Part 2 of 6-part series on “The Sabbath”

E.B. White, the man who wrote Charlotte’s Web and Stuart Little, was a very funny guy. Sort of a dry sense of humor. He once said, “If the world were merely seductive, that would be easy. If it were merely challenging, that would be no problem. But I arise in the morning torn between a desire to improve the world and a desire to enjoy the world. This makes it difficult to plan the day.”

I resonate with that. Oh look! It’s Sunday- the day of rest! Shall I change the world today by adding another bumper sticker to my car and writing my Senator, or shall I putter down to my little workshop and paint a birdhouse? So much to do! So little time! It makes it difficult to plan the day.

Time is, after all, the only thing we actually have. It is the sole commodity of our lives. And it is this treasured, precious time of which we speak today.

Ok, what I’m about to say is… insensitive.  And it is politically incorrect. And it does not uphold the dignity of creation. But… I was down at Petco the other day buying cat food for Jack, and I dropped by the mouse cage to say hi to God’s rodents. Mice are so cute as long… as they’re not in my kitchen.

Anyway, there was this little mouse on a wheel. And that little mouse was just going like crazy. She was in the Zone; she was in her Second Wind; it was the Mouse Olympics. Beauty, grace, energy, speed… and all of a sudden, the wheel took on an energy of its own, and the mouse was no longer in control, and the little thing flew through the air to the far side of the cage and landed in a pile of shavings, tottering in stunned incoherence. It was the funniest thing; I nearly dropped Jack’s kibbles.

Like I said; it was insensitive of me. I mean, how would I like it if I was caught on a wheel that kept going faster and faster until it threw me stunned to the sidelines?

Hm. Suddenly this is getting a bit… close. I was reading an article this week called “American Karoshi.” Karoshi is the Japanese term for being worked to death. Like Mr. Aioki, who worked at a major snack company for as long as 100 hours a week. He died from a heart attack at the age of 34. Oh, but we don’t do that sort of thing here in the US! Except that Americans “now work an average of 1,979 hours a year- about 3 ½ weeks more than the Japanese average.”  (New Internationalist)

“A study conducted by Oxford Health Plans insurance company found that one in five Americans show up for work whether they’re ill, injured, or have a medical appointment. This same obsession keeps one in five Americans from taking their vacation- a failure which has been found to put individuals at risk for early death.” (New Internationalist).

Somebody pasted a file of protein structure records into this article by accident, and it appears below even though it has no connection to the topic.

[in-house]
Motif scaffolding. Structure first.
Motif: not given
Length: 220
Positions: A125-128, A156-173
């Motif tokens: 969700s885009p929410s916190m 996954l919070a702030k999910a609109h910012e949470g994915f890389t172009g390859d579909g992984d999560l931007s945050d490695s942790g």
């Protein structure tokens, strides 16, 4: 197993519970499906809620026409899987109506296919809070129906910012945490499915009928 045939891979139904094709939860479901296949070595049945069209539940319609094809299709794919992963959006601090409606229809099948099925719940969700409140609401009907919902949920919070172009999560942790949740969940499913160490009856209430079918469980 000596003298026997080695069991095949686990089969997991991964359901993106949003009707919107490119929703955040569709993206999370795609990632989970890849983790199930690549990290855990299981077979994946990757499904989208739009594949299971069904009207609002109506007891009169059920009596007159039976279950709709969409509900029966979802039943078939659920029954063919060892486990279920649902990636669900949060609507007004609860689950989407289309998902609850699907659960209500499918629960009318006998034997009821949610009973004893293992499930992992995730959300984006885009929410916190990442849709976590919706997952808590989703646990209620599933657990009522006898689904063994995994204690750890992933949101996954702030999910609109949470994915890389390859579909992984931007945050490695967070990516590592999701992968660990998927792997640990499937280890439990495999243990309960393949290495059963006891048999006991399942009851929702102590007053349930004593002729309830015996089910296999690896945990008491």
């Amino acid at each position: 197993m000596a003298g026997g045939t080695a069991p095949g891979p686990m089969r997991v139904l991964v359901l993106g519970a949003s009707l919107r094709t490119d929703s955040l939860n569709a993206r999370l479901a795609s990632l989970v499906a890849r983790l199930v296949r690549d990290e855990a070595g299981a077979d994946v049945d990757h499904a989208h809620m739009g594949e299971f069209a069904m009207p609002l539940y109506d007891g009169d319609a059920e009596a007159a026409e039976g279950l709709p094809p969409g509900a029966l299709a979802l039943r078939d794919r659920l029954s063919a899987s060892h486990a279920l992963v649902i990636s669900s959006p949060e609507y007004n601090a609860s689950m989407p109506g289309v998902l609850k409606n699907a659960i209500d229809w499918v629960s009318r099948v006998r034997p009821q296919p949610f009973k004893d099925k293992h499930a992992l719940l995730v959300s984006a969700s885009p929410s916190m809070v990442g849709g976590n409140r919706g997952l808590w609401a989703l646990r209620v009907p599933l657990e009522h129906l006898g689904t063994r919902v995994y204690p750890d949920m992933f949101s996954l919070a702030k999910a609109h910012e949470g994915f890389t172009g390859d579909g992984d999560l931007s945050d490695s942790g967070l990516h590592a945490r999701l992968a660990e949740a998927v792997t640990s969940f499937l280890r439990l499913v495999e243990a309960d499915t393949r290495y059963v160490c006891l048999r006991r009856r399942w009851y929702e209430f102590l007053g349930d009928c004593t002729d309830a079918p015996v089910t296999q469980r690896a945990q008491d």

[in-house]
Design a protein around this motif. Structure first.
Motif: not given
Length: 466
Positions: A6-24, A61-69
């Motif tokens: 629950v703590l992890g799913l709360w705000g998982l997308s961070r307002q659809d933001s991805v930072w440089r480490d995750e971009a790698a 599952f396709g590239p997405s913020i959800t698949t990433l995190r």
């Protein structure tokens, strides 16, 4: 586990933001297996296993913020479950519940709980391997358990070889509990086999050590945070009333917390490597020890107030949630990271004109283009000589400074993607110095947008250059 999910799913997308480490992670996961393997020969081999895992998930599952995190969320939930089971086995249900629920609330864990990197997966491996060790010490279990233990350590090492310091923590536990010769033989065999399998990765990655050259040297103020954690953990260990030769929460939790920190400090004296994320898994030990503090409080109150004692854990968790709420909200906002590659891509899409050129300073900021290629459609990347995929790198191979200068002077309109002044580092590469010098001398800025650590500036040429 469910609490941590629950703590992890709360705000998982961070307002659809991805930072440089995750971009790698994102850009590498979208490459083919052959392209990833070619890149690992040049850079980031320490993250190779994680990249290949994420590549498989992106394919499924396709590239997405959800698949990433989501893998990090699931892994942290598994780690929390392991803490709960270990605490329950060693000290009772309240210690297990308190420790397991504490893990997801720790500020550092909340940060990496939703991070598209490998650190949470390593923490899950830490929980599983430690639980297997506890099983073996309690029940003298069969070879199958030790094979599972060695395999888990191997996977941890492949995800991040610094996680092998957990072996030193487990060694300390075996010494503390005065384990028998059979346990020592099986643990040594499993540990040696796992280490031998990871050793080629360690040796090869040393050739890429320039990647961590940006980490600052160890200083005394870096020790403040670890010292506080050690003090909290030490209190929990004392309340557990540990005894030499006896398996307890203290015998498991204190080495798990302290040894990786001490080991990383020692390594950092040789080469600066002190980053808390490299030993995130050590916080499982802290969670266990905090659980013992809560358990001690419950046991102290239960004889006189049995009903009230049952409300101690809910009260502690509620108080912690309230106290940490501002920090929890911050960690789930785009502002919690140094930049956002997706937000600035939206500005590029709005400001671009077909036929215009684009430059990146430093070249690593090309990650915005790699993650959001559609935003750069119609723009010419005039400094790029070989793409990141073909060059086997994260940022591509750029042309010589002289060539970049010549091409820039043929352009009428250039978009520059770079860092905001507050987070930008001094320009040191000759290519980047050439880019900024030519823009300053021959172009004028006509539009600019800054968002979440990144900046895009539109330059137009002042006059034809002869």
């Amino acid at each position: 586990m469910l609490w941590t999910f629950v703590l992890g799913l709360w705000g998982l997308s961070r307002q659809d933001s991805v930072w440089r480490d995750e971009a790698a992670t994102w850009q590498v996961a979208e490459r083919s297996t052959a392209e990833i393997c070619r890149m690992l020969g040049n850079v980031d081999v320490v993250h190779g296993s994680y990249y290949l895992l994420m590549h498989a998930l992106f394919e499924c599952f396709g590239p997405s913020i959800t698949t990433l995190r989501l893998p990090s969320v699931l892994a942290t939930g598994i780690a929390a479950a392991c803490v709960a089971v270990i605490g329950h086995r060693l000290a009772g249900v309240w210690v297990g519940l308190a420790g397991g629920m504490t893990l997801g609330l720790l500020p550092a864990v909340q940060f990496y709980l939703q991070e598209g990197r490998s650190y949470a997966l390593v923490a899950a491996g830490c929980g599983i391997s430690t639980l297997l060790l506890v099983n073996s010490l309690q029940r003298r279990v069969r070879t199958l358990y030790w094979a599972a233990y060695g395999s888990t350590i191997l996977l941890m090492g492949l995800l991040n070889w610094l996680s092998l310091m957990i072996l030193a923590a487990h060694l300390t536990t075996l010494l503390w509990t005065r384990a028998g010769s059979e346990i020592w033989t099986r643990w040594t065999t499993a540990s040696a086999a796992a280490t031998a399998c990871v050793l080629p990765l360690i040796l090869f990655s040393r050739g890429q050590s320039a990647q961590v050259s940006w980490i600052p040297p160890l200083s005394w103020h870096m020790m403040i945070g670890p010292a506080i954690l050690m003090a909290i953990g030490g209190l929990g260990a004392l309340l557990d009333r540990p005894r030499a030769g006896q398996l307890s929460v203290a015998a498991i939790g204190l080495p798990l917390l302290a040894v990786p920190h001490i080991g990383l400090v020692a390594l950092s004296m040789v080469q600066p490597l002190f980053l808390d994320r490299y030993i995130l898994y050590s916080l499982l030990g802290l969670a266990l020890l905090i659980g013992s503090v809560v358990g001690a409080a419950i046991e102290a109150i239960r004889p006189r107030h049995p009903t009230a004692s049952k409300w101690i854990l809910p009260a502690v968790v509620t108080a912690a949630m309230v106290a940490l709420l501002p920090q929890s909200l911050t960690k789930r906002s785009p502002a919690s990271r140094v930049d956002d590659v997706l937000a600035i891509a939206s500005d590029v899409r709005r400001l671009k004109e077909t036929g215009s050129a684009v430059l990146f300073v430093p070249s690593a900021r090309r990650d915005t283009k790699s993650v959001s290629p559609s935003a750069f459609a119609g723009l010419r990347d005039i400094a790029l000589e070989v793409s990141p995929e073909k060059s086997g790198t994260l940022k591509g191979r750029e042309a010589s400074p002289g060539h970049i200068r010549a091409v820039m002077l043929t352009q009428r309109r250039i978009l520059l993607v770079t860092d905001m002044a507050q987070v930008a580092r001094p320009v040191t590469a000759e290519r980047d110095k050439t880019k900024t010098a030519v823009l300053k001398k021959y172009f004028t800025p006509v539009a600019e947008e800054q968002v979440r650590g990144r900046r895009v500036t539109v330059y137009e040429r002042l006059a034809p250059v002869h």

But we are not rodentsOur life has purpose and meaning, and when we run around in a little wheel, we’re doing Important Things! And when we get sick or depressed or incapable of coping anymore, and we get thrown off to the side, it’s not funny.  It may not be funny… but it does look startlingly familiar to life at Petco.

Last week, we studied the first chapter of Genesis, when God creates all things, and then finishes creation by resting, noticing it, appreciating it. It is this rest, this appreciation, which gives creation its meaning. This week, we’re hearing God’s instructions to the Israelite community at Mt. Sinai: the giving of the Torah, or the Ten Commandments.

In Hebrew, ‘Torah’ means ‘the Way’- the way of life, the path you walk if you desire to live with fullness and joy.  And the Fourth Way of Life commanded by God reads like this: Remember the Sabbath Day, and keep it holy. Six days you shall labor and do all your work. But the seventh day is a Sabbath to the Lord your God; you shall not do any work-  you, your son or your daughter, your male or female slave, your livestock, or the alien resident in your towns.

Mandatory rest. Get off the wheel, Mouse.  Because the rhythm of fruitfulness and rest, of labor & sleep, of energy & quiet… is how God made the universe. And when we keep the Sabbath, we help make creation whole, viable, pulsing, alive.

In the beginning, before God imposed the boundaries of creation, it was absolute chaos.

The earth was a formless void, a swirling vortex dark and threatening which sucked everything into it.

And there was no escape, no breathing room, no place to live. And so God pushed the whirling chaos aside to create a time of light and a time of darkness. And God put a boundary between them, to give order to our days.

What happens when there is no boundary between the days, between the work days and the rest days, between labor and the Sabbath? The 31-year old reporter, Miwa Sado, died from a heart attack  because she worked a straight 159 hours of overtime in the month before her death. What happens when boundaries are overrun?

What happens when there is no boundary between day and night? The rhythms of our bodies get thrown off, and we walk around as if we were zombies, unable to either sleep or function. We don’t eat right; we don’t exercise; our lives are stripped of the relationships that give our lives their deep meaning. What happens when boundaries are overrun?

Boundaries are the gift of God. They are also a commandment, a law of life. And when we disregard the laws of life, be they gravity or the Sabbath, we do so at our own peril. Time is, after all, the only thing we actually have. It is the sole commodity of our lives. And God commands to place a boundary around our time, so that we may live.

Unfortunately, time is also money. And in this cut-throat job market, where our businesses demand efficiency and productivity with as few workers as possible, the stripping of our boundaries are being demanded of us all the time. No, you have to work overtime.  No, you don’t get a weekend off.   No, you cannot be offline. No, you don’t have a choice but to live at our beck and call. And if you don’t follow the rules, you’re out of here.